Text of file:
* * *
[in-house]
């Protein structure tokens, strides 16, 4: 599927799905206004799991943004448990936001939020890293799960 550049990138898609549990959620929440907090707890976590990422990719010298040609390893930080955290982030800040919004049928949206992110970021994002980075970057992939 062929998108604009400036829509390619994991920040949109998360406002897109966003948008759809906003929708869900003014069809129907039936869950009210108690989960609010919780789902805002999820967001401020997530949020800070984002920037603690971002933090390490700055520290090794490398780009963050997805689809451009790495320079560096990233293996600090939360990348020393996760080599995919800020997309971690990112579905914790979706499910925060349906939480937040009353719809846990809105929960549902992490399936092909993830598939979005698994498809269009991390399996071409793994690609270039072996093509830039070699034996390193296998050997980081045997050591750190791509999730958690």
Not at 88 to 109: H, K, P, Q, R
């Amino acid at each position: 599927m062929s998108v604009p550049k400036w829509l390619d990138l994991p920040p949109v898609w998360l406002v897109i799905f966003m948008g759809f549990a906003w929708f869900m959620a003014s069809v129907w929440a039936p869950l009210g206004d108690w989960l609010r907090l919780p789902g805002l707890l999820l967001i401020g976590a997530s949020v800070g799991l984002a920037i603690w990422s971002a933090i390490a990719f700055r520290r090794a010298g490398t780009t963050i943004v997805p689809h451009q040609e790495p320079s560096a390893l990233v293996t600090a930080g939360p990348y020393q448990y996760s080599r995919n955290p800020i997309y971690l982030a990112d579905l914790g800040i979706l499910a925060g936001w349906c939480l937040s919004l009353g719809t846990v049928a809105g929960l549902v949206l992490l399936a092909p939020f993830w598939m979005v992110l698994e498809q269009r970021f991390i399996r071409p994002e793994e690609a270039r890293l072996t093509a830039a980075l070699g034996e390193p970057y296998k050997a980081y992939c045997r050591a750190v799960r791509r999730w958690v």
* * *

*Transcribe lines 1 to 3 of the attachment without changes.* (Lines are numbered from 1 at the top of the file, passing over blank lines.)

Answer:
[in-house]
């Protein structure tokens, strides 16, 4: 599927799905206004799991943004448990936001939020890293799960 550049990138898609549990959620929440907090707890976590990422990719010298040609390893930080955290982030800040919004049928949206992110970021994002980075970057992939 062929998108604009400036829509390619994991920040949109998360406002897109966003948008759809906003929708869900003014069809129907039936869950009210108690989960609010919780789902805002999820967001401020997530949020800070984002920037603690971002933090390490700055520290090794490398780009963050997805689809451009790495320079560096990233293996600090939360990348020393996760080599995919800020997309971690990112579905914790979706499910925060349906939480937040009353719809846990809105929960549902992490399936092909993830598939979005698994498809269009991390399996071409793994690609270039072996093509830039070699034996390193296998050997980081045997050591750190791509999730958690």
Not at 88 to 109: H, K, P, Q, R